The Bulldog is a fifty-something woman with a lower lip that comes up halfway around her face. I’ve not ventured to determine whether or not this truly reflects her personality (you can’t really reach out to people in the quiet car), but I have learned not to sit anywhere near her as she envelopes herself in a toxic cloud of perfume. It’s not just annoying; I literally break out into a sneezing fit if she’s nearby. I’ve had to change seats because of this. I had to change seats because of a guy farting behind me once, but that’s another story.

The Woman I Dropped My Coat Hook On

As I mentioned above, I have a coat hook which I cleverly fashioned from a scrap of romex. I carry it with me while commuting, and if I’m wearing a jacket, I use it to hang the jacket on a shelf upright, so as to avoid wrinkles from sitting. I usually ride in the upper section of the car, and this affords plenty of places from which to hang this handy little hook. One inauspicious day, I accidentally dropped the hook to the floor of the lower level. A helpful passenger below saw it fall and tried to toss it back up to me. Instead, he caromed it off of a luggage shelf onto the lap of a woman two rows ahead. She was startled and of course looked up to see your pal Bruck wearing a sheepish expression. So technically I didn’t drop the hook on her, but she sure thought I did. Meanwhile the guy who did tag her was having a good laugh at my expense. I asked her to pass me up the hook and she icily complied, muttering something about getting it myself next time. I couldn’t quite tell exactly what she said, but I could clearly see that she was seething with rage, which to me seemed far out of proportion to the actual offense. Brittle people, I don’t get it, life’s short. I of course have made sure there won’t be a next time; she and The Fish Woman are why I don’t ride in that particular car anymore.

The Deaf Indian

An Indian or Pakistani fellow was playing a noisy handheld video game one morning in the quiet car. A few of his neighbors tried to get his attention to ask him to turn it down, to no avail. So your faithful editor, never afraid to be the butthead, got up, sidled past a few people, and got his attention, in the process discovering what his neighbors probably already knew, that he’s deaf. So I wrote out a message on my computer screen to turn off the sound, and showed it to him. I don’t suppose I was making too huge a leap by assuming he could read English, but I’m not sure; he turned the whole game off, not just the sound. Anyway, he got the message. Meanwhile, I’m thinking, what’s a deaf guy doing in the quiet car? Taking his blind daughter to the mime show? They should make him sit next to the Fish Woman.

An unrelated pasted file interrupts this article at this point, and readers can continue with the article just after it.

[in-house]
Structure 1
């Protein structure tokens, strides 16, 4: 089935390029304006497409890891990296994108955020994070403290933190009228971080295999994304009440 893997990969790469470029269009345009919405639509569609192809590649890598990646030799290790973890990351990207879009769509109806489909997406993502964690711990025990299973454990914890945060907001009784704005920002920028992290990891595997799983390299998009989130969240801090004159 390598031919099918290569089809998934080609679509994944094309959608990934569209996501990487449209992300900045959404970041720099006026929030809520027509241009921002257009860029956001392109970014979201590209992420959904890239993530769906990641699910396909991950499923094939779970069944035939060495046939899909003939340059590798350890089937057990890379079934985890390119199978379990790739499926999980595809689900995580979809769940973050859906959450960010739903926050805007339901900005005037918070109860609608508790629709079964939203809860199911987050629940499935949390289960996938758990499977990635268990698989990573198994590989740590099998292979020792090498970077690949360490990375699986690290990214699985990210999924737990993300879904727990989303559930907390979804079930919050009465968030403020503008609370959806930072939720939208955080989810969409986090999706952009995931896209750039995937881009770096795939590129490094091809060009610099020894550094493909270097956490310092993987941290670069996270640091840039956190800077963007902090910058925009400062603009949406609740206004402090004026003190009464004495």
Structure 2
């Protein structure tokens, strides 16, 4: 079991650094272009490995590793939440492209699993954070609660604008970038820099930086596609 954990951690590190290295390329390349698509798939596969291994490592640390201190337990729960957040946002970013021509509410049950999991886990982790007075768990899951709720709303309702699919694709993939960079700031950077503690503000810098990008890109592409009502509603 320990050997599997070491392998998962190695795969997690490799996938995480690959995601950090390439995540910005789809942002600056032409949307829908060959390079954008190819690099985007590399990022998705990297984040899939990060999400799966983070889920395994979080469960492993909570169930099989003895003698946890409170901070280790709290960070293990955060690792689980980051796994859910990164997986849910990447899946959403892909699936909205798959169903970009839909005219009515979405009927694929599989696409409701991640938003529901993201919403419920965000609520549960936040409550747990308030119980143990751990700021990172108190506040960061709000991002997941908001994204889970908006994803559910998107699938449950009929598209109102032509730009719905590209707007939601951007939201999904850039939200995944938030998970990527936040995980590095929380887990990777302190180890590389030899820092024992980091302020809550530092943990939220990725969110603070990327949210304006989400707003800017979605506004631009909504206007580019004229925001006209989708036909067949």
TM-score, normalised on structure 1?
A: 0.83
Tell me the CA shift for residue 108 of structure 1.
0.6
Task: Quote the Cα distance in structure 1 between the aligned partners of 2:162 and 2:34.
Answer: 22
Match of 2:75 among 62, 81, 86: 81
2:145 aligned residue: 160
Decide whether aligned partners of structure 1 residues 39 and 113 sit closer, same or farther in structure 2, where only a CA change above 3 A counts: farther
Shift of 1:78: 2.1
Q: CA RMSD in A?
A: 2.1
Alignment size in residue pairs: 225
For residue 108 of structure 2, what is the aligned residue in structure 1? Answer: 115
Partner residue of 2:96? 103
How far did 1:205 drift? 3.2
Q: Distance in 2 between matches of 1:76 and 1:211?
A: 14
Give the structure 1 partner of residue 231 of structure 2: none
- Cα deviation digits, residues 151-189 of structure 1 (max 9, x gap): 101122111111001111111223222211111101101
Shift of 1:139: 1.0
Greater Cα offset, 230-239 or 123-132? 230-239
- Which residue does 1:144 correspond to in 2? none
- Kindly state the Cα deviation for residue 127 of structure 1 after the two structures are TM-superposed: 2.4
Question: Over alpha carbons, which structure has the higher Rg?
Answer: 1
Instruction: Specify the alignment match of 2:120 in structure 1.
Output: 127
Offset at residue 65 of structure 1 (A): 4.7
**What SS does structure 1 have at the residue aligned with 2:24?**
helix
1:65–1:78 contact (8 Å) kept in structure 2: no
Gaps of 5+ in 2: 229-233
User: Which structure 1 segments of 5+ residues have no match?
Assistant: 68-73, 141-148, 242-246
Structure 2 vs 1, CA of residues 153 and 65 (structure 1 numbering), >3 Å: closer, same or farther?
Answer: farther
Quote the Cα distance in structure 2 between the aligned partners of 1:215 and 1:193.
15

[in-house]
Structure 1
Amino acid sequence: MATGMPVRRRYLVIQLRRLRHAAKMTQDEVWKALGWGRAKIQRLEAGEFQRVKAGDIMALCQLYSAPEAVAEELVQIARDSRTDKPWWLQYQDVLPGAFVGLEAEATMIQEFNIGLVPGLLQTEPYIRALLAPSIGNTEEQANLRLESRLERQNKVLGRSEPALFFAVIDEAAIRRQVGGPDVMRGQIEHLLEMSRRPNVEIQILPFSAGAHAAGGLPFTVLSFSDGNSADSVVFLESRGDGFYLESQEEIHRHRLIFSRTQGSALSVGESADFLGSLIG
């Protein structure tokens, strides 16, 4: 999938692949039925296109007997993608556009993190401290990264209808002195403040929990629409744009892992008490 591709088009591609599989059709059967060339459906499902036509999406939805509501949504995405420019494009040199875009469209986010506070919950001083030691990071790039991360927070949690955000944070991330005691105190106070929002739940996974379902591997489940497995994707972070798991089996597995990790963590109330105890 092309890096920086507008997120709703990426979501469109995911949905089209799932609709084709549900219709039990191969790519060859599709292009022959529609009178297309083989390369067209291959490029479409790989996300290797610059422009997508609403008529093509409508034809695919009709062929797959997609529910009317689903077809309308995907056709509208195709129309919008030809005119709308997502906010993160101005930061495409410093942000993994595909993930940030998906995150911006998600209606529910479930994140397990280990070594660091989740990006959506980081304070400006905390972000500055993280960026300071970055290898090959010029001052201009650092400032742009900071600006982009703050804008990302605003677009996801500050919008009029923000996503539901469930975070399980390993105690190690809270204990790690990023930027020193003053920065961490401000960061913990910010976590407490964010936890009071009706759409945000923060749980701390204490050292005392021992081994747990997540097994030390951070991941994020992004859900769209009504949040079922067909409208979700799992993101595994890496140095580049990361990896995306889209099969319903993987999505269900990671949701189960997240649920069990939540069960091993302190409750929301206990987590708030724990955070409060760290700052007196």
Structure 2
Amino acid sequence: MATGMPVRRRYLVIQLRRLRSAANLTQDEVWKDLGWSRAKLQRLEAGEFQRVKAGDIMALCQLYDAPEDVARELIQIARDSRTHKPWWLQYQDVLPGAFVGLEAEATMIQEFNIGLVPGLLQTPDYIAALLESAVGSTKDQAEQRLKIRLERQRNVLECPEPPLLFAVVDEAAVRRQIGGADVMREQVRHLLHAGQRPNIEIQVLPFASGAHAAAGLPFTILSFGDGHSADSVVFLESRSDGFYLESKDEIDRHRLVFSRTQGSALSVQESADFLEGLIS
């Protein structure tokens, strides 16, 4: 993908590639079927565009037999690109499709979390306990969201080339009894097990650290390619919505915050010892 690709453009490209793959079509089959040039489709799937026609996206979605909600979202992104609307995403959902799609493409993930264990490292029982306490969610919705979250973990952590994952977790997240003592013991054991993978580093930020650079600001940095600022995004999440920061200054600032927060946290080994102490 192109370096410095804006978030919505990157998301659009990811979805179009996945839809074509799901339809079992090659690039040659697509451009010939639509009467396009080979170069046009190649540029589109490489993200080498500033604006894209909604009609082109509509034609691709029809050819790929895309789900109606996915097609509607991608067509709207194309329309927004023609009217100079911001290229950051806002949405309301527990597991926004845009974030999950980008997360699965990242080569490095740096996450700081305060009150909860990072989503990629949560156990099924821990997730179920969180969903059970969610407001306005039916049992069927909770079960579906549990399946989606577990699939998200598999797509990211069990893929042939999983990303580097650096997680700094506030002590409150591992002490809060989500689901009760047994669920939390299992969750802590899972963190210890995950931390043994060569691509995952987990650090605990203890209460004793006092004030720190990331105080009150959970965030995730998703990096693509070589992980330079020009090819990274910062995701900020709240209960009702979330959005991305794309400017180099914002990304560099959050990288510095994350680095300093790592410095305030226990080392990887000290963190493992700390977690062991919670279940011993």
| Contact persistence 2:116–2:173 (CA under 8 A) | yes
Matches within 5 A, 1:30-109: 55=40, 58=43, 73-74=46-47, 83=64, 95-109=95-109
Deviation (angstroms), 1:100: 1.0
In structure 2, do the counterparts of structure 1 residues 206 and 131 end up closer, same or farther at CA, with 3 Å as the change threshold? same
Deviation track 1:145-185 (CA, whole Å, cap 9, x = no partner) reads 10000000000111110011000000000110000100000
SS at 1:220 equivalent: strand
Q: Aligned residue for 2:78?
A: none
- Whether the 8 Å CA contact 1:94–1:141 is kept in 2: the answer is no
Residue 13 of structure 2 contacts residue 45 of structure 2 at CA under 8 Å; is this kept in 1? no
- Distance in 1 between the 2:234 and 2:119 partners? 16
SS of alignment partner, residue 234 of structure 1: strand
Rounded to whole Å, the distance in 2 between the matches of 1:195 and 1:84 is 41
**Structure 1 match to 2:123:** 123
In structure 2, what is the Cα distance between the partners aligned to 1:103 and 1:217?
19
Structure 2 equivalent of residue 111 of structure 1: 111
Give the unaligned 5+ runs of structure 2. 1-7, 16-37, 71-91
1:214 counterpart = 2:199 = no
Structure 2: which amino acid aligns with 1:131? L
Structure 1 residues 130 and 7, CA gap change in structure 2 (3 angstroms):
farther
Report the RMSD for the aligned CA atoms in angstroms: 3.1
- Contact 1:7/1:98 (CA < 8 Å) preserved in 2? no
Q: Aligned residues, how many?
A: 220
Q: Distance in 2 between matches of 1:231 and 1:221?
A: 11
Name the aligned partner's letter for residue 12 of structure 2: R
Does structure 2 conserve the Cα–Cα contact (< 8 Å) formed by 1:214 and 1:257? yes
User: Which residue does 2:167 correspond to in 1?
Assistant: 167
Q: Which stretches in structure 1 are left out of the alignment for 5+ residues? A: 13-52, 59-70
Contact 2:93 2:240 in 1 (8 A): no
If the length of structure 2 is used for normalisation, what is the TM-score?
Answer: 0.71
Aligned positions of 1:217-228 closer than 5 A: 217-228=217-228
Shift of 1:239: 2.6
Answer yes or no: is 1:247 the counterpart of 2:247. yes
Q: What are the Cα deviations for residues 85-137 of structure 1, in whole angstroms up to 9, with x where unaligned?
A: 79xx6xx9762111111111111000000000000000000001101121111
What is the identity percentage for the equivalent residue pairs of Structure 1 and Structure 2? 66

I’ve met a couple of other interesting characters but never saw them again, ships that pass in the night. One afternoon a guy showed me a bunch of historical maps that he was doing research on, indicating that Washington, DC used to be a swamp (I already knew this), plus a bunch of other semi-interesting things. He had an ungodly commute - he had to drive another hour beyond the train's last stop. Another fellow, after I mentioned that I had watched the Ringling Bros. Circus train go by earlier, indicated that he was somehow related to the former owners of said circus, and that he could still get free tickets to it for his daughter’s Girl Scout troop. I really didn’t pay close attention to the details since I assumed he was making them up, as I usually do in such circumstances. I think it’s some form of Tourette’s Syndrome where people feel they have to make up interesting stories.

So there you have it, in addition to convenient, comfortable travel from point A to point B, a virtual human menagerie, brought to you every morning, and some afternoons, courtesy of the Virginia Railway Express.

Real-time update - I'm on the Friday 4:37 and the guy next to me is really multitasking: he's reading the Bible, from the book of Proverbs, and breaking wind.